Gently rolling scenery with fine views of the sea and hills (22, 33 or 51 miles)
Most of the historic interest is related to Christianity, either its original introduction in the 4th Century; or the bloody schisms between its various branches in later times. Coming south from the Moss of Cree, just before you enter Wigtown, you pass the Martyr's Stake where Margaret Wilson was drowned by the incoming tide for refusing to renounce her religion.
Garlieston has an interesting sleepy harbour, but it was not always so. During World War 2 it was the place where the Mulbery floating harbours were tested before being used for the invasion of Europe following D day. Currently there are signs indicating that permission has been given for a harbour recreational development, but as there is currently no developer it may be a while in coming. The harbour Inn does pub food; the stone built terraced cottages at the sea front are attractive.
Just south of Garlieston, near Cruggleton Farm there's a little church which is worth looking at. It's alone in a field, surrounded by a castellated wall. It's Norman (12th century). The congregation is long gone but the little church stands there still (key at the farm).
Further along the route, an interesting diversion is to St Ninian's Cave, a short walk by a stream to a wild pebble beach. The cave doesn't look much but pilgrims have walked down here for 15 centuries. The crosses that were at the cave are now at Whithorn but visitors still make them out of driftwood.
The main historic interest on the route is at Whithorn Priory. St Ninian's mission here began in 397AD, nearly two centuries before St Columba arrived from Ireland and started the Celtic church in Iona further north. St Ninian was born and educated under the Roman Empire which still existed at this time.
Being taken round the archeological dig is full of interest, the tour will take at least an hour. You can see work being done on medieval burials and the remains of a Norse settlement. Interesting too are the superb early christian crosses in the museum. The visitor centre has a picture show telling of early pilgrims and dark age settlers.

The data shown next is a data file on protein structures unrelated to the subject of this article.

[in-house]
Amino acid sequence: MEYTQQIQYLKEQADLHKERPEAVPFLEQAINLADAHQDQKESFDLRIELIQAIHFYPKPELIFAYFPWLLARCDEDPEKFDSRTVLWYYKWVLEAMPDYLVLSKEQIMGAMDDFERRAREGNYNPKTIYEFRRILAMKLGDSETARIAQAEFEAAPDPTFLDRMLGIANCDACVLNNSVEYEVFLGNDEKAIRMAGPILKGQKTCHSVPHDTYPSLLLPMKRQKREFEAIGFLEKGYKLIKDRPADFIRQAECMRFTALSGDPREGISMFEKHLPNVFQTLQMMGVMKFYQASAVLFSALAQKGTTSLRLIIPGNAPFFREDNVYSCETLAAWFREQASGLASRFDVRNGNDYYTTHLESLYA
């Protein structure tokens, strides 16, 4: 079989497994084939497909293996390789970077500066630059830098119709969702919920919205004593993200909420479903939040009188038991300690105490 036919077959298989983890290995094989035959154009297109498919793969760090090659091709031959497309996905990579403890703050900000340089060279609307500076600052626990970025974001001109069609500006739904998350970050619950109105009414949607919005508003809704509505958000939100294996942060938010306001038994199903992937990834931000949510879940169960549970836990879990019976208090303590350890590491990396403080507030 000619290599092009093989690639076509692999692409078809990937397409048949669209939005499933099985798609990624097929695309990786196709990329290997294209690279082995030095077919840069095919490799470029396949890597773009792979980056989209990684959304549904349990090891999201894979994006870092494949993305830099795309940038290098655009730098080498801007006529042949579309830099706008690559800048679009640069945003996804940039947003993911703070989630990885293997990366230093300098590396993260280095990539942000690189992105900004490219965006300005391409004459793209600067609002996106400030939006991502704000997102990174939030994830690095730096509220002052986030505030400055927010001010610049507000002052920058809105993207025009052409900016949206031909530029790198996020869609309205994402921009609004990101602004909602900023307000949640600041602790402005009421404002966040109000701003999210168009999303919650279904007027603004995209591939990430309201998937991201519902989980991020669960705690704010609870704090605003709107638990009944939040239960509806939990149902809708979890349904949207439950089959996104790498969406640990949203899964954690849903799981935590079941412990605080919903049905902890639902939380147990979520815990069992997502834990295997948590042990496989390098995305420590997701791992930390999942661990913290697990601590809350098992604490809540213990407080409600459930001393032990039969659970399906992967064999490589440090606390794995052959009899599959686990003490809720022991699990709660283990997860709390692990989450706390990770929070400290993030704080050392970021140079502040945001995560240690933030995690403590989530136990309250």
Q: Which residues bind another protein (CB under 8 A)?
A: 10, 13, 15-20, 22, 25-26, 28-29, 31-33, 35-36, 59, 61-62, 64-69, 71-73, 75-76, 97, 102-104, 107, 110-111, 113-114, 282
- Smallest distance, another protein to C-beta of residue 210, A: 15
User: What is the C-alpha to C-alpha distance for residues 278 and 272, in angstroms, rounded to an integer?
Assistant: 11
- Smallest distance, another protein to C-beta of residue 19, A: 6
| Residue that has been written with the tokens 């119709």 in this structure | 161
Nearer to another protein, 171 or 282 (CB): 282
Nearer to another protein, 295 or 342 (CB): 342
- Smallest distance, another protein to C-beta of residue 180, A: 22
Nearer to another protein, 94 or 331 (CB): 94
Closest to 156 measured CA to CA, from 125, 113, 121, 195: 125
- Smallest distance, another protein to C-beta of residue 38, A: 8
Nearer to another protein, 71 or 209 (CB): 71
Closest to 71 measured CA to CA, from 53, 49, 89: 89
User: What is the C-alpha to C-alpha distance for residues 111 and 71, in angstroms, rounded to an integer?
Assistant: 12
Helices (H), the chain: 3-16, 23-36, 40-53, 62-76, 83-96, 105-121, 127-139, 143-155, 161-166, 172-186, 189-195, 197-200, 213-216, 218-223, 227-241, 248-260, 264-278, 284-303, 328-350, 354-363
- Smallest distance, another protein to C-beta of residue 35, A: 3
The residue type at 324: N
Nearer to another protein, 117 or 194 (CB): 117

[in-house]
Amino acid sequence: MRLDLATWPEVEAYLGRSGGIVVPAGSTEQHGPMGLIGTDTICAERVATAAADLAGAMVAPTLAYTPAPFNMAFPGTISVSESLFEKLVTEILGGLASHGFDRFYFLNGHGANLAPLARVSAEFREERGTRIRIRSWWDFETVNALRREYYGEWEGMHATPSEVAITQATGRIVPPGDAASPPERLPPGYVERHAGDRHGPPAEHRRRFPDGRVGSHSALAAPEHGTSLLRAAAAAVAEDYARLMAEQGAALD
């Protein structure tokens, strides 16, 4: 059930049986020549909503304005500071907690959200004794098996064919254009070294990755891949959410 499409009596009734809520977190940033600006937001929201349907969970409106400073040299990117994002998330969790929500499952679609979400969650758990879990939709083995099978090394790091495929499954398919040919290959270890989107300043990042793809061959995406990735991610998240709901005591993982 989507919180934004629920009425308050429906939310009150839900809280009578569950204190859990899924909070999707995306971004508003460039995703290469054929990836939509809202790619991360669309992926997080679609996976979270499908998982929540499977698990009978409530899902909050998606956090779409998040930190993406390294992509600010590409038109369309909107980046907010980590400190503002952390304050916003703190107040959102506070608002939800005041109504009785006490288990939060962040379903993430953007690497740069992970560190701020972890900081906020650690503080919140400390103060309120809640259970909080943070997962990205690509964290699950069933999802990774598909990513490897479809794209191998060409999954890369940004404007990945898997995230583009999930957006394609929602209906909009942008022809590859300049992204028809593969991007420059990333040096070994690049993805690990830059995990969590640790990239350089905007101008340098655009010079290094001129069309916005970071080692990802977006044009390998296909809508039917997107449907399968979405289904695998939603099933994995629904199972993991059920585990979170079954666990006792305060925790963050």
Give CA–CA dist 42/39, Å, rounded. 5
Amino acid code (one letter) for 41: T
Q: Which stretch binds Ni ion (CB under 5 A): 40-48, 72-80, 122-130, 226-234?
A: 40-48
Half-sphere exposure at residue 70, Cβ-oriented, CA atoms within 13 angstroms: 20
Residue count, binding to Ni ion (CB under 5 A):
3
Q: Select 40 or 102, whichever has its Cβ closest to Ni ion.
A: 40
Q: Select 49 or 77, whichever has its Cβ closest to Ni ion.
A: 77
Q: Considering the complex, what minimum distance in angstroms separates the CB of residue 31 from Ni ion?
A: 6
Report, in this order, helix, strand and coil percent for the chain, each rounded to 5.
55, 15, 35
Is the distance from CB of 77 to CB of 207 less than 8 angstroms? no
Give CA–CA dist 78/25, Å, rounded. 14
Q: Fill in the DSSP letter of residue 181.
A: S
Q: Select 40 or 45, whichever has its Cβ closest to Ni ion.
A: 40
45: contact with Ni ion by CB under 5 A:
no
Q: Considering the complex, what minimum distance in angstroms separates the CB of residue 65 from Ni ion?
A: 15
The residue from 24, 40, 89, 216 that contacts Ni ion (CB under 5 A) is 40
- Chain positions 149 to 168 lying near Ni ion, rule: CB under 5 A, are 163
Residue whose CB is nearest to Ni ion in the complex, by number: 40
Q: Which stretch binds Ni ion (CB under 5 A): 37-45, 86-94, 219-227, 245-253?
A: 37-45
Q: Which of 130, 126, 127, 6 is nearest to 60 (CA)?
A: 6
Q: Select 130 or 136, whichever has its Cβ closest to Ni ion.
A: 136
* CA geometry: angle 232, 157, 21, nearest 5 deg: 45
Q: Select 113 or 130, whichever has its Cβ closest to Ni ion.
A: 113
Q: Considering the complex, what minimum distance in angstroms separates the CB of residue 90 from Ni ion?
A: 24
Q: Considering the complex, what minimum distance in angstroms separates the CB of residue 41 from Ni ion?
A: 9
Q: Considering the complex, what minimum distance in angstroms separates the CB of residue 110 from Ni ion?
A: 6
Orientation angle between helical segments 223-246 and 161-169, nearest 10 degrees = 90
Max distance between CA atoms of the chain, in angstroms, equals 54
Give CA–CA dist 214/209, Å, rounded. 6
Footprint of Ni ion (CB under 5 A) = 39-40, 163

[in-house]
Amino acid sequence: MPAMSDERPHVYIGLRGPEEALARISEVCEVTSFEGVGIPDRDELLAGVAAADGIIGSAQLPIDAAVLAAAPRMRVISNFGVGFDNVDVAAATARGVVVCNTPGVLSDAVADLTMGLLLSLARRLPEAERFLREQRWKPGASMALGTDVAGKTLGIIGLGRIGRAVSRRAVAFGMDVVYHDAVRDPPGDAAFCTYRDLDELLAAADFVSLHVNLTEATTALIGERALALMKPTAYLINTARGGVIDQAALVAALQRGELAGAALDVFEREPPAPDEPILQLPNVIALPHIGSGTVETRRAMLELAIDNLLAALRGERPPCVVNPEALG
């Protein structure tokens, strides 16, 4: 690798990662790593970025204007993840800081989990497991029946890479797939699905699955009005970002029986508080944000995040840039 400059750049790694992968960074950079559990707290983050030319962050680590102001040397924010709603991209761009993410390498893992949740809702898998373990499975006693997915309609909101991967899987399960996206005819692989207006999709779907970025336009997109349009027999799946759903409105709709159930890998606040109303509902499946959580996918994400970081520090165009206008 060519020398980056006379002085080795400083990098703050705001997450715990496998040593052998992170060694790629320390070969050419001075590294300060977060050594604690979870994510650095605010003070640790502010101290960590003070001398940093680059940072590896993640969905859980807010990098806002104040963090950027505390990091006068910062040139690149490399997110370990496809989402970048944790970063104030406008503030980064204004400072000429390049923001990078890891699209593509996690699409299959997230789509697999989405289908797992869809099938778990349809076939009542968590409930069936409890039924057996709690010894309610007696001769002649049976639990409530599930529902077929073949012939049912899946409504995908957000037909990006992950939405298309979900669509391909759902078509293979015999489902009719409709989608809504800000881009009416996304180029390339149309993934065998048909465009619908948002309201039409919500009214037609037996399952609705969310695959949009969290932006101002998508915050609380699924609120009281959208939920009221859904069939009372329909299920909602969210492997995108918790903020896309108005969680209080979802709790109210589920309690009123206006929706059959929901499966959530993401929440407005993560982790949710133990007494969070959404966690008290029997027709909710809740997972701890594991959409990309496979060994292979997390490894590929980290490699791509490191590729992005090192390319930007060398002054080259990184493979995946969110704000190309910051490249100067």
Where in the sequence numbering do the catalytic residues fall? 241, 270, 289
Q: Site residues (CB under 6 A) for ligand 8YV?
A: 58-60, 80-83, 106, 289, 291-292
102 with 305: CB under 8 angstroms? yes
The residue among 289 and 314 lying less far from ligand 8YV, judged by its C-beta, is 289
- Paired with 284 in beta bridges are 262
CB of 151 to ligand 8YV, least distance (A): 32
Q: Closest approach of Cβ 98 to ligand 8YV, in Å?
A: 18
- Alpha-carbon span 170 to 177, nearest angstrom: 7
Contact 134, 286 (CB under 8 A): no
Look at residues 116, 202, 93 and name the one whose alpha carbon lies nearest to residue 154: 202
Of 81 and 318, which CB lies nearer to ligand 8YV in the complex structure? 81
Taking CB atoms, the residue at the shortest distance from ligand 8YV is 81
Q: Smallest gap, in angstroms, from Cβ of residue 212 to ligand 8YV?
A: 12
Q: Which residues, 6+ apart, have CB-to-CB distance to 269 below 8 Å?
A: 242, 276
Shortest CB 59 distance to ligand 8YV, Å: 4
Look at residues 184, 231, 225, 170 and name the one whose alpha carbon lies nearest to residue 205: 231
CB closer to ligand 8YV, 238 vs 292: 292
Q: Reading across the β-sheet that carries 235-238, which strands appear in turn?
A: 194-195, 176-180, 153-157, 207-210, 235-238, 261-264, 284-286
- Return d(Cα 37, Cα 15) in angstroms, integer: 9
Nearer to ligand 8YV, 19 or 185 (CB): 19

There are three options here: a Newton Stewart to Wigtown circular route of 22 miles; a Wigtown to Isle of Whithorn circle of 33 miles; or do both together which will be 51 miles. Whichever option you take there will be fine views of the sea and hills and lots of historic interest. The roads are not particularly hilly.
From Newton Stewart cross the A75 to the A714, continue south for over a mile then turn left at a phone box signed Moss of Cree. After that the route is quite straightforward. The countryside around here is very quiet with lots of dairy farms. The towns have a special charm, Wigtown having a choice of tea rooms and bookshops and Whithorn being famous as the place from which Christianity was introduced to Scotland. Despite its name the Isle of Whithorn is part of mainland Scotland. The former island is now joined to the mainland by Harbour Row. There's a great pub the Steam Packet Inn which does good bar lunches and a little harbour with fishing boats and yachts. Nearby too is St Ninian's Chapel, the ruin of a 13th century chapel on a site traditionally associated with St Ninian. It's by the sea, a great spot for a picnic with wild flowers and views over Wigtown Bay. Five miles further along the route, an interesting diversion is to St Ninian's Cave, a short walk by a stream to a wild pebble beach.
Whithorn has a choice of tea rooms and pubs as well as a visitor centre which includes an archeological dig and museum. When the time comes to cycle back to Newton Stewart or Wigtown, bear in mind that while the inland sections of the return route have great views there are no sources of food so take something to eat and drink with you. Just before you enter Newton Stewart note that you can avoid the roundabout and most of the busy A75 by turning first left to enter the town on a minor road.